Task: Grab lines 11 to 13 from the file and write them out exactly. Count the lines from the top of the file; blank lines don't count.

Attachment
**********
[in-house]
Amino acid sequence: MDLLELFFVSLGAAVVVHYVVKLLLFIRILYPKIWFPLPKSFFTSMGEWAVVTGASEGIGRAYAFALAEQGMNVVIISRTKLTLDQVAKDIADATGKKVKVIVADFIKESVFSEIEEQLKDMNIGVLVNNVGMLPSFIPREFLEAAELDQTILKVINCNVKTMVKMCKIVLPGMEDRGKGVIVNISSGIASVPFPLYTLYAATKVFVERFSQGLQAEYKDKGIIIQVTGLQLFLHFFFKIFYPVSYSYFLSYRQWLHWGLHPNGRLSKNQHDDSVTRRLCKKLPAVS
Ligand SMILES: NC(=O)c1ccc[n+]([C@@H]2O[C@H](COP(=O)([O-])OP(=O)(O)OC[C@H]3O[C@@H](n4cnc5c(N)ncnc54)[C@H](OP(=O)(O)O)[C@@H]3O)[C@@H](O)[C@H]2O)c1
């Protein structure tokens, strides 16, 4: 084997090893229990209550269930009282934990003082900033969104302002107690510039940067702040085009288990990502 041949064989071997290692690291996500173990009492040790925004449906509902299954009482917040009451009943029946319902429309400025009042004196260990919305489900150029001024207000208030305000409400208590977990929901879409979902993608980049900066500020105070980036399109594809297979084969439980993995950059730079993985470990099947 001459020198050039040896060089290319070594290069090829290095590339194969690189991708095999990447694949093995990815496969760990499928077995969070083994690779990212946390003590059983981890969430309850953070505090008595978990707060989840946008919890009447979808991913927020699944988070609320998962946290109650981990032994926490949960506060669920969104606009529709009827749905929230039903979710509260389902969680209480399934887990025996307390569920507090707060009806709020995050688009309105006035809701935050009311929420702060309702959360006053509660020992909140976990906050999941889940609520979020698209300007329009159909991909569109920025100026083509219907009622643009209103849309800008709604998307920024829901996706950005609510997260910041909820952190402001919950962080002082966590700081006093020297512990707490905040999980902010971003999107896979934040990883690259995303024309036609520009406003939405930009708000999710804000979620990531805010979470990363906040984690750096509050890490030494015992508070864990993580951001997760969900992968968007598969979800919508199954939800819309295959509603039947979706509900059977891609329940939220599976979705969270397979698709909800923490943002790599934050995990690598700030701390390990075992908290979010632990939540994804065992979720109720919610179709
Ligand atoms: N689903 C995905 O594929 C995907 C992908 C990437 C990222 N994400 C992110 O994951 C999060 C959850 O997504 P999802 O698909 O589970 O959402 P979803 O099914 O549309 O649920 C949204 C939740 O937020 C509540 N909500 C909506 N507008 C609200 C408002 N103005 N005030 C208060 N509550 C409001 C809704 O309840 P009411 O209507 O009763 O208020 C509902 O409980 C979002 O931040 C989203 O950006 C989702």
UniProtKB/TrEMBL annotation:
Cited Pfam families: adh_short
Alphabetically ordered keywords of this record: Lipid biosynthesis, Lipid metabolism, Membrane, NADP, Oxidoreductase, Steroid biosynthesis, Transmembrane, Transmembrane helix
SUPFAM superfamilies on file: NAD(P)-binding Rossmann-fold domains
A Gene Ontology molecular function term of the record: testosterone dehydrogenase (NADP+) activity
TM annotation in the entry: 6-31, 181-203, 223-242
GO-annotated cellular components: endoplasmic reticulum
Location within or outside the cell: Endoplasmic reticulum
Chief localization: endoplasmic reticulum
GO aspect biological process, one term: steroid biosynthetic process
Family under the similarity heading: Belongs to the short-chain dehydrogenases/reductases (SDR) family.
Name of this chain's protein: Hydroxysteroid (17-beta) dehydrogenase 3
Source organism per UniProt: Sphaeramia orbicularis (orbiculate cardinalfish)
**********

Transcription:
TM annotation in the entry: 6-31, 181-203, 223-242
GO-annotated cellular components: endoplasmic reticulum
Location within or outside the cell: Endoplasmic reticulum